Dusty But Digital

A friend, who works in online marketing at a Fortune 100, recently asked me how does she increase subscribers to her company’s website? Specifically, what can be done with external platforms (Instagrams, Groupons, other sites) and social media sites (Quora, FB, Twitter, etc etc) to drive subscriptions?

My first response was breathe, think broad. Digital is like a chess match. With the marginal cost of distribution and replication of digital goods approaching zero, there is no excuse not to think creatively. And if you cannot think outside the box, just make the box bigger. There was a time pre-internet, when each grain was too small to affect the entire shape of a beach. Not anymore. Through the sharing, connectedness and collaboration of Web 2.0 and the halo effect of IPOS like Facebook, we should think of digital as a core business function like finance, operations, and strategy, not just a cool add-on to marketing and channel mix.

The buzz around digital strategy is often relegated to media ad spends on alternate mobile and web channels. For example, there was a recent forecast by Bloomberg LP, which expects social media ad spend to jump to $9.8 B by 2016 (http://www.bloomberg.com/news/2012-05-15/social-media-ad-spending-to-jump-to-9-8-billion-in-2016.html.) The question in Adage and other media rags is always how do brands keep up with where the eyeballs are and sell a product? But I would reframe the problem statement as how do you increase customer’s willingness -to-pay for your product/service? How do you outsource marketing to your customers in a way that shrinks SG&A? How do you move away from playing musical chairs with discretionary dollars to strategic thinking and increasing gross margins?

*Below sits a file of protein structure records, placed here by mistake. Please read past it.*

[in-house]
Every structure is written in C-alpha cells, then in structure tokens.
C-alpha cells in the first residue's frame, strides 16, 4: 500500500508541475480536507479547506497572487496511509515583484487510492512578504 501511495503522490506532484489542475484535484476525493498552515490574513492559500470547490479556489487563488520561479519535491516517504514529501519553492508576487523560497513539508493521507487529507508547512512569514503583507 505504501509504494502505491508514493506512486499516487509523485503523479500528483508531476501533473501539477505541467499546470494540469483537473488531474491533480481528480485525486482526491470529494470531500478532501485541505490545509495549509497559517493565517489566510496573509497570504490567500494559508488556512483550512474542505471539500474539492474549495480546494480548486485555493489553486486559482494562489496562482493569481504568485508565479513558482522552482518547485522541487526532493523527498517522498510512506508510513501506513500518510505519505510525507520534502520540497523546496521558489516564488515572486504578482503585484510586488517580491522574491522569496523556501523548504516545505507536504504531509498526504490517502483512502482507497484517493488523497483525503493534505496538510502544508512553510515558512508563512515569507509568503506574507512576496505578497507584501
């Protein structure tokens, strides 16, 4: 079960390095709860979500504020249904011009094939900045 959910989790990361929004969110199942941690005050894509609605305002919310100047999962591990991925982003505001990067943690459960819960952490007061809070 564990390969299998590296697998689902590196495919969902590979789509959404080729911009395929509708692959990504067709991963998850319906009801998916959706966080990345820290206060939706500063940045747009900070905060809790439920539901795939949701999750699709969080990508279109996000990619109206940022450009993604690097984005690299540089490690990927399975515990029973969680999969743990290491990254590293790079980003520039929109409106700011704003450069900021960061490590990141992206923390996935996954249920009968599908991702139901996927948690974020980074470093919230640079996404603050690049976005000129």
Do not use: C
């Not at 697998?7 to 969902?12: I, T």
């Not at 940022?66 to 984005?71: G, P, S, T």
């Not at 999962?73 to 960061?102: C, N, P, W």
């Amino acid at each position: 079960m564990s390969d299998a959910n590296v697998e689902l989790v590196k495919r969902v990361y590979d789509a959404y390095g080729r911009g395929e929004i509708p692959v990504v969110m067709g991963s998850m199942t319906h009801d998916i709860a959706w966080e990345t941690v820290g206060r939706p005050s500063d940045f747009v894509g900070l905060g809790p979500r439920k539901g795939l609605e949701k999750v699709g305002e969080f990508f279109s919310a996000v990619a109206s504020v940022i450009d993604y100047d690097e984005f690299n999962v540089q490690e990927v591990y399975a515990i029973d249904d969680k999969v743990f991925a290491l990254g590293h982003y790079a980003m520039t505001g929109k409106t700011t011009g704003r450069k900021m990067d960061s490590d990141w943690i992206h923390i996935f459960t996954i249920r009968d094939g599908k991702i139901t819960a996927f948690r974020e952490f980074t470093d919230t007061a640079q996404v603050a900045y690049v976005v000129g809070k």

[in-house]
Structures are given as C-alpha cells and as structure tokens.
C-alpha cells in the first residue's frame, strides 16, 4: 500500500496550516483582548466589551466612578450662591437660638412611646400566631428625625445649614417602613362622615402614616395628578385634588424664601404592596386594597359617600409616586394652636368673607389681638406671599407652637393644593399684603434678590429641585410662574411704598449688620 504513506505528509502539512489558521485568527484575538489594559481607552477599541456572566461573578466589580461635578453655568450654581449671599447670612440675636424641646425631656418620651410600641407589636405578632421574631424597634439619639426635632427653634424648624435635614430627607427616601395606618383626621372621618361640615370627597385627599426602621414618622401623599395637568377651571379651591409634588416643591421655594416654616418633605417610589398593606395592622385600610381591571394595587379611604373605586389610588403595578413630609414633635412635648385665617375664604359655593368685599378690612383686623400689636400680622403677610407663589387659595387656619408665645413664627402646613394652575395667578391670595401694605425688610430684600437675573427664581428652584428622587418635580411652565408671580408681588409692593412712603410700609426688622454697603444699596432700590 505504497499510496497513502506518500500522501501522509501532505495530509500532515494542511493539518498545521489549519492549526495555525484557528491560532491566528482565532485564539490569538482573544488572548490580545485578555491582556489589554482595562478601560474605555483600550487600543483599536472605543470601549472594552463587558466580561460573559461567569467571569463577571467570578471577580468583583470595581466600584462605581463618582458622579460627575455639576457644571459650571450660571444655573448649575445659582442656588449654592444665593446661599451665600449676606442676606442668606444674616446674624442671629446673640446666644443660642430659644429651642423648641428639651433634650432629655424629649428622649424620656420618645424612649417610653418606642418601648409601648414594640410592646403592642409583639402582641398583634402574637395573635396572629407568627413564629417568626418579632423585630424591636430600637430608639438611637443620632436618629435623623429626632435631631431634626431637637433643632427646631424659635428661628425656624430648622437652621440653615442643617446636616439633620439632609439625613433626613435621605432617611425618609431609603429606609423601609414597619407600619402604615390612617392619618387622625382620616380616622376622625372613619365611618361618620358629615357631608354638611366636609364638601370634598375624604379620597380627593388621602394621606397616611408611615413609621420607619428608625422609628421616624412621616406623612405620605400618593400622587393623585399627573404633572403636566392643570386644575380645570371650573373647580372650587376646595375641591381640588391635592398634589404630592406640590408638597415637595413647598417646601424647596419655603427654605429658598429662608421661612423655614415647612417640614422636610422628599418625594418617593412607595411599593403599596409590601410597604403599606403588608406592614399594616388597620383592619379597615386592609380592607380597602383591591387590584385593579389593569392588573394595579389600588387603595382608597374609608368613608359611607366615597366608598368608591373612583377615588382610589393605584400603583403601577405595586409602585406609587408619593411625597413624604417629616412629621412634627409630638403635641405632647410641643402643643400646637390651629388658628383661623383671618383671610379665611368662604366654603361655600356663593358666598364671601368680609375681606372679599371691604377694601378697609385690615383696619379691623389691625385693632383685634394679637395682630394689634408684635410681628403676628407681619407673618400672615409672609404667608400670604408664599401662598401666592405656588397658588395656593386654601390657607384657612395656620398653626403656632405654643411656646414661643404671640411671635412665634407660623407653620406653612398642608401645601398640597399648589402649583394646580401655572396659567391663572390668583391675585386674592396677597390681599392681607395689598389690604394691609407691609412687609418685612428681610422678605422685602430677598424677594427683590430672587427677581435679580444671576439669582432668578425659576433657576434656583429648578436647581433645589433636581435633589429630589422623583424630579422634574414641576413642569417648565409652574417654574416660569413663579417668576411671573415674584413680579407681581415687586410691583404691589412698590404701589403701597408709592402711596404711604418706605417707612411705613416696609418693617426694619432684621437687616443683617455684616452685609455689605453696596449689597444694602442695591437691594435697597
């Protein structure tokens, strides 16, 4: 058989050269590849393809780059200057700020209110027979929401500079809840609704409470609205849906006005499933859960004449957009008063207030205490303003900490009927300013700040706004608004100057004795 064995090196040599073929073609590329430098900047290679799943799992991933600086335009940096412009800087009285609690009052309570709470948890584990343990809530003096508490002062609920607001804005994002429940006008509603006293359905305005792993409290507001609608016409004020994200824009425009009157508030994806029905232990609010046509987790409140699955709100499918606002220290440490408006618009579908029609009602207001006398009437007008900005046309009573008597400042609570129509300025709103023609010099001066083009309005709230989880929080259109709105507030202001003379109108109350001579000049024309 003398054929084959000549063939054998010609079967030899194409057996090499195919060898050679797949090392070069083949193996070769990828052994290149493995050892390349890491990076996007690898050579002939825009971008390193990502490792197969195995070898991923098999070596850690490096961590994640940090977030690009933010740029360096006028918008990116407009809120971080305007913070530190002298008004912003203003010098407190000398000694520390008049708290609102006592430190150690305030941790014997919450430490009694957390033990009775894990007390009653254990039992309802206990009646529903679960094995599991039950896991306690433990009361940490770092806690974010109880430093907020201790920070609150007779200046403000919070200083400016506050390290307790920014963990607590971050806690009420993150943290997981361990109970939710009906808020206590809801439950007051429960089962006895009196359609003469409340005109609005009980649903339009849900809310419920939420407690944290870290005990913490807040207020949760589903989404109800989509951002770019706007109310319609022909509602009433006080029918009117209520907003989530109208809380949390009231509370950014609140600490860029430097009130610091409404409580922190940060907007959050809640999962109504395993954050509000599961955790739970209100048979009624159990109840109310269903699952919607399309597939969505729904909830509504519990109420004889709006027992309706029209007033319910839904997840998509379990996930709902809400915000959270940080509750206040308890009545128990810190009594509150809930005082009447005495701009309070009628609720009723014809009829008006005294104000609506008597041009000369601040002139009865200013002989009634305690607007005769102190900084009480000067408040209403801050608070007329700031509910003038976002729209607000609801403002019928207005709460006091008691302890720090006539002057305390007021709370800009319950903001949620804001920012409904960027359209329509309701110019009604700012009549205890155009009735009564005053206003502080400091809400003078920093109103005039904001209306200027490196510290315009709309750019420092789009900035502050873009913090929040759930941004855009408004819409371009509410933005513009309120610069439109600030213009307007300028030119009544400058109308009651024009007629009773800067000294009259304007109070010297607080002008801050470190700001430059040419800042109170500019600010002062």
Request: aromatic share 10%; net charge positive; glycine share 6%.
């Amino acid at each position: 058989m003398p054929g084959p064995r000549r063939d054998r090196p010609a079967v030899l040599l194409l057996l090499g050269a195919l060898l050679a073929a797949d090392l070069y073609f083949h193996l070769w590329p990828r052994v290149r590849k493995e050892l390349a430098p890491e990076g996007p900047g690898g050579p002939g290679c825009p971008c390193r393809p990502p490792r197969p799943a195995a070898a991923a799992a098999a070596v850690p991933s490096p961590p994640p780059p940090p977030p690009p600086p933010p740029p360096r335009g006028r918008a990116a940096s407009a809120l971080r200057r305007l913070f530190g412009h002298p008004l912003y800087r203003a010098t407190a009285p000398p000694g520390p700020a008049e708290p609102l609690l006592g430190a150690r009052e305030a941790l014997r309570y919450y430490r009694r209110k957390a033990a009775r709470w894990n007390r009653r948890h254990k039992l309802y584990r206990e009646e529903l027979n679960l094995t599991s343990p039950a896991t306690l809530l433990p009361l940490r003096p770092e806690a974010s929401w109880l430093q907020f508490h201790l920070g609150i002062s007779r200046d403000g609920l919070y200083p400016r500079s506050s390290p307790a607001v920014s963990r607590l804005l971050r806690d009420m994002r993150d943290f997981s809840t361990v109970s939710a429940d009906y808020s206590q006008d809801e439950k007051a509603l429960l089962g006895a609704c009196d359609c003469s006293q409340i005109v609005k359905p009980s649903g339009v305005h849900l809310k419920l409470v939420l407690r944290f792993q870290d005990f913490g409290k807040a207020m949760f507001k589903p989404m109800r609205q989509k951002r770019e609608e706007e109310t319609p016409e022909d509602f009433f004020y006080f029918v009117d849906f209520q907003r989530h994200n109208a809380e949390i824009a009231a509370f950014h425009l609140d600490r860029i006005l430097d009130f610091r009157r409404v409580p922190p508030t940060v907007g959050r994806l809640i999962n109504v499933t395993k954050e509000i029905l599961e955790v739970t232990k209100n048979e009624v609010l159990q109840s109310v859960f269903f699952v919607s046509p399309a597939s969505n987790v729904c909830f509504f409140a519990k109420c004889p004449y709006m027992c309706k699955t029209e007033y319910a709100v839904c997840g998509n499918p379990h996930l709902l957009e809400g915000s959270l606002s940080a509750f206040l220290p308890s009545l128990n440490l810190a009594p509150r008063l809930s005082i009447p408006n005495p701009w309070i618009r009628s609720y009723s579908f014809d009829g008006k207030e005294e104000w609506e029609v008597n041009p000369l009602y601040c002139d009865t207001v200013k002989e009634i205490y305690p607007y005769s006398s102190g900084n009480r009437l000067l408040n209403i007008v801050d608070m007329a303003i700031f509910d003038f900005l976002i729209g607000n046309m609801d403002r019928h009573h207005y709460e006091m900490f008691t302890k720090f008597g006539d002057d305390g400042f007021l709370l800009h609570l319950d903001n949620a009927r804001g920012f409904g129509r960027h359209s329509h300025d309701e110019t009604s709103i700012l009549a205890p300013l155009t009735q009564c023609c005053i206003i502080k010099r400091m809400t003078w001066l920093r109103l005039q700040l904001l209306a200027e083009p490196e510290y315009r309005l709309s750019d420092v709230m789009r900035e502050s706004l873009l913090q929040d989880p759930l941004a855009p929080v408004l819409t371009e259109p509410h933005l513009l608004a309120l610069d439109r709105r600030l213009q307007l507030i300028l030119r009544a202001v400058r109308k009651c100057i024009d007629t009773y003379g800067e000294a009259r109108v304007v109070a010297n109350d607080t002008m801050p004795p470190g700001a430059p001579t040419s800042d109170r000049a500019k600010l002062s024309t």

Some ideas I have come across in my career are the following:

1. Video integration is not going anywhere. Video is the most powerful form to convey a message and connect to your audience. Ask Justin Bieber. There would be no Beliebers if he did not post videos of himself playing guitar and singing on YouTube, before the major record deals. Blend as much video into your interactive-marketing strategy as possible.

2. RSS push technology. This lowers customer acquisition costs, i.e. getting visitors to your site with zero marginal cost. By pushing syndicated content through a user’s browser you make it easier for them to opt-in to content or learn more about subscription deals. This seems like old hat but look for an evolution in Web 3.0.

3. Mobile marketing messages received through handsets have the highest relevancy to consumers. Smartphones are extensions of artificial intelligence offering location based services, customer analytics, personalization and digital interactions like no other platform can.

4. Start with a community strategy over a promotional application. Many brands just focus on building the killer app, when they need to develop a strong social strategy. Empower your customers to become evangelist and outsource your marketing overhead, increasing your gross margins. Social gaming platforms like Zynga are good sources of inspiration. For example Clorox with CloroxConnects uses incentives borrowed from gaming to incubate ideas for new products. People who post answers or add rating comments are awarded points. Like Lord of the Rings, there is a circle of trust amongst those who participate and contributors who demonstrate expertise can advance to problems of greater difficulty and involvement. The best contributors win recognition, making participation rewarding and sticky.

The possibilities are infinite in the digital world. The convergence of personalization, social and mobility have increased the stakes for gaining market share for brands. Every customer counts in the long tail. Whatever you do start small with a pilot program and demonstrate goodness, then roll it out enterprise wide. Not only will you drive subscriptions and ROI you will differentiate your brand as digital leader because you are leveraging it like a chess master.